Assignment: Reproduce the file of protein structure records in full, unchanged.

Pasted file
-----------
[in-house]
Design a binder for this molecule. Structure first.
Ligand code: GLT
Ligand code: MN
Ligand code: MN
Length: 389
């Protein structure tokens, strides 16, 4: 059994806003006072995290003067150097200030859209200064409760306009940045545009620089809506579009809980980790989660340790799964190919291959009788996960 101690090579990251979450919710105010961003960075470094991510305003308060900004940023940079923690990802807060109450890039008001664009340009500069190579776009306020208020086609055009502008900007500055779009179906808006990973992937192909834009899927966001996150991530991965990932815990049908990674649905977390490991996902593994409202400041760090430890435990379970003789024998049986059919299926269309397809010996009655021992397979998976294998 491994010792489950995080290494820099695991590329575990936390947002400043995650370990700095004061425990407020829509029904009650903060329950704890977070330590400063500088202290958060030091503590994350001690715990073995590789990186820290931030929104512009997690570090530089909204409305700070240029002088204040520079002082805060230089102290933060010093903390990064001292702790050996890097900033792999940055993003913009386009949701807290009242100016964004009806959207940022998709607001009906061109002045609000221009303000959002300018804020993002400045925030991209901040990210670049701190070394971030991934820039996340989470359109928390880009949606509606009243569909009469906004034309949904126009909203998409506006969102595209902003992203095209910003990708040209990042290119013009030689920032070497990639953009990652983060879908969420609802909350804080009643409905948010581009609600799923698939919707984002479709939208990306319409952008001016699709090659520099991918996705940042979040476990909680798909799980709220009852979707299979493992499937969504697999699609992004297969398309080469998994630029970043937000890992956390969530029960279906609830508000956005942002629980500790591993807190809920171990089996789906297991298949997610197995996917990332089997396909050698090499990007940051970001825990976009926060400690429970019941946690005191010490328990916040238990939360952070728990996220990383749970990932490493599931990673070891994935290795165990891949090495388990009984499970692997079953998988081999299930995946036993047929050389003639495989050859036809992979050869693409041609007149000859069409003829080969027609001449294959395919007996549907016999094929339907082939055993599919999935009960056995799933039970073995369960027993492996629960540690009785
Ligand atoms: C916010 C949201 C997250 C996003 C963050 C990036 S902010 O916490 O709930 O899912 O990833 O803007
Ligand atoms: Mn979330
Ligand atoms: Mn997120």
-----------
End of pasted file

[in-house]
Design a binder for this molecule. Structure first.
Ligand code: GLT
Ligand code: MN
Ligand code: MN
Length: 389
């Protein structure tokens, strides 16, 4: 059994806003006072995290003067150097200030859209200064409760306009940045545009620089809506579009809980980790989660340790799964190919291959009788996960 101690090579990251979450919710105010961003960075470094991510305003308060900004940023940079923690990802807060109450890039008001664009340009500069190579776009306020208020086609055009502008900007500055779009179906808006990973992937192909834009899927966001996150991530991965990932815990049908990674649905977390490991996902593994409202400041760090430890435990379970003789024998049986059919299926269309397809010996009655021992397979998976294998 491994010792489950995080290494820099695991590329575990936390947002400043995650370990700095004061425990407020829509029904009650903060329950704890977070330590400063500088202290958060030091503590994350001690715990073995590789990186820290931030929104512009997690570090530089909204409305700070240029002088204040520079002082805060230089102290933060010093903390990064001292702790050996890097900033792999940055993003913009386009949701807290009242100016964004009806959207940022998709607001009906061109002045609000221009303000959002300018804020993002400045925030991209901040990210670049701190070394971030991934820039996340989470359109928390880009949606509606009243569909009469906004034309949904126009909203998409506006969102595209902003992203095209910003990708040209990042290119013009030689920032070497990639953009990652983060879908969420609802909350804080009643409905948010581009609600799923698939919707984002479709939208990306319409952008001016699709090659520099991918996705940042979040476990909680798909799980709220009852979707299979493992499937969504697999699609992004297969398309080469998994630029970043937000890992956390969530029960279906609830508000956005942002629980500790591993807190809920171990089996789906297991298949997610197995996917990332089997396909050698090499990007940051970001825990976009926060400690429970019941946690005191010490328990916040238990939360952070728990996220990383749970990932490493599931990673070891994935290795165990891949090495388990009984499970692997079953998988081999299930995946036993047929050389003639495989050859036809992979050869693409041609007149000859069409003829080969027609001449294959395919007996549907016999094929339907082939055993599919999935009960056995799933039970073995369960027993492996629960540690009785
Ligand atoms: C916010 C949201 C997250 C996003 C963050 C990036 S902010 O916490 O709930 O899912 O990833 O803007
Ligand atoms: Mn979330
Ligand atoms: Mn997120």